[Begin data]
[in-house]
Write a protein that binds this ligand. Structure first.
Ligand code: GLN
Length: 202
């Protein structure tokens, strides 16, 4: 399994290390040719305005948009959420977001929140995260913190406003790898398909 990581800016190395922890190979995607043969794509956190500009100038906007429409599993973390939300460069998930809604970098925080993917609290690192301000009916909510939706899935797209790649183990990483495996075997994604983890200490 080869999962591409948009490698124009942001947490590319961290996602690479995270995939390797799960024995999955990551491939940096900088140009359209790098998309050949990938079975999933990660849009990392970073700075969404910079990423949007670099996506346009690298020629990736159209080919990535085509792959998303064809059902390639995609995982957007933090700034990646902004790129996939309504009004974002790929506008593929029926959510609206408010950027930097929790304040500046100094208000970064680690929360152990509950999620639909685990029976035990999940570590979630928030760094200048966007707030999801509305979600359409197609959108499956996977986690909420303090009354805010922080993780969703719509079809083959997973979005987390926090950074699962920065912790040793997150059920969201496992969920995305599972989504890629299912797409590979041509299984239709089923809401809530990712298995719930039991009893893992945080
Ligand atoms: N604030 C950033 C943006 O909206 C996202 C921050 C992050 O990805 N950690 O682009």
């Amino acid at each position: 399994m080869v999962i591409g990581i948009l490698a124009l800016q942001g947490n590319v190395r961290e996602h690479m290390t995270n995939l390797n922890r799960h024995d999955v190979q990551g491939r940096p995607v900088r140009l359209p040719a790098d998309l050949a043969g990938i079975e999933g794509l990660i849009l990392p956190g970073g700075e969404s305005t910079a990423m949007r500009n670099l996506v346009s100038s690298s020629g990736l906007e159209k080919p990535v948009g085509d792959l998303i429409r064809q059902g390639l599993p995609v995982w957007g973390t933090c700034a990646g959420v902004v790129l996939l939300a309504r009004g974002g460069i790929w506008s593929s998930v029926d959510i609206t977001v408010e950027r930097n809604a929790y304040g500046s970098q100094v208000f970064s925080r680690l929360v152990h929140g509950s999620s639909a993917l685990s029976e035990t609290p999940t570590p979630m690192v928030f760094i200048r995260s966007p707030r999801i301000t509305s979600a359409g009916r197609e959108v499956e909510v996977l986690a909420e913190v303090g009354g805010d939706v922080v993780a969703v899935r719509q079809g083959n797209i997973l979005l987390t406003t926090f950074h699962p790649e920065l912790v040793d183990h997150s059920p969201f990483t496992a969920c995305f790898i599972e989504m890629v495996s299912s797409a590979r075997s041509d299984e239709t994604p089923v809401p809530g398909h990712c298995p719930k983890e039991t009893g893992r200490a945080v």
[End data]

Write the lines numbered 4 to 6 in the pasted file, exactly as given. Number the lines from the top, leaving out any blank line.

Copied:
Length: 202
């Protein structure tokens, strides 16, 4: 399994290390040719305005948009959420977001929140995260913190406003790898398909 990581800016190395922890190979995607043969794509956190500009100038906007429409599993973390939300460069998930809604970098925080993917609290690192301000009916909510939706899935797209790649183990990483495996075997994604983890200490 080869999962591409948009490698124009942001947490590319961290996602690479995270995939390797799960024995999955990551491939940096900088140009359209790098998309050949990938079975999933990660849009990392970073700075969404910079990423949007670099996506346009690298020629990736159209080919990535085509792959998303064809059902390639995609995982957007933090700034990646902004790129996939309504009004974002790929506008593929029926959510609206408010950027930097929790304040500046100094208000970064680690929360152990509950999620639909685990029976035990999940570590979630928030760094200048966007707030999801509305979600359409197609959108499956996977986690909420303090009354805010922080993780969703719509079809083959997973979005987390926090950074699962920065912790040793997150059920969201496992969920995305599972989504890629299912797409590979041509299984239709089923809401809530990712298995719930039991009893893992945080
Ligand atoms: N604030 C950033 C943006 O909206 C996202 C921050 C992050 O990805 N950690 O682009």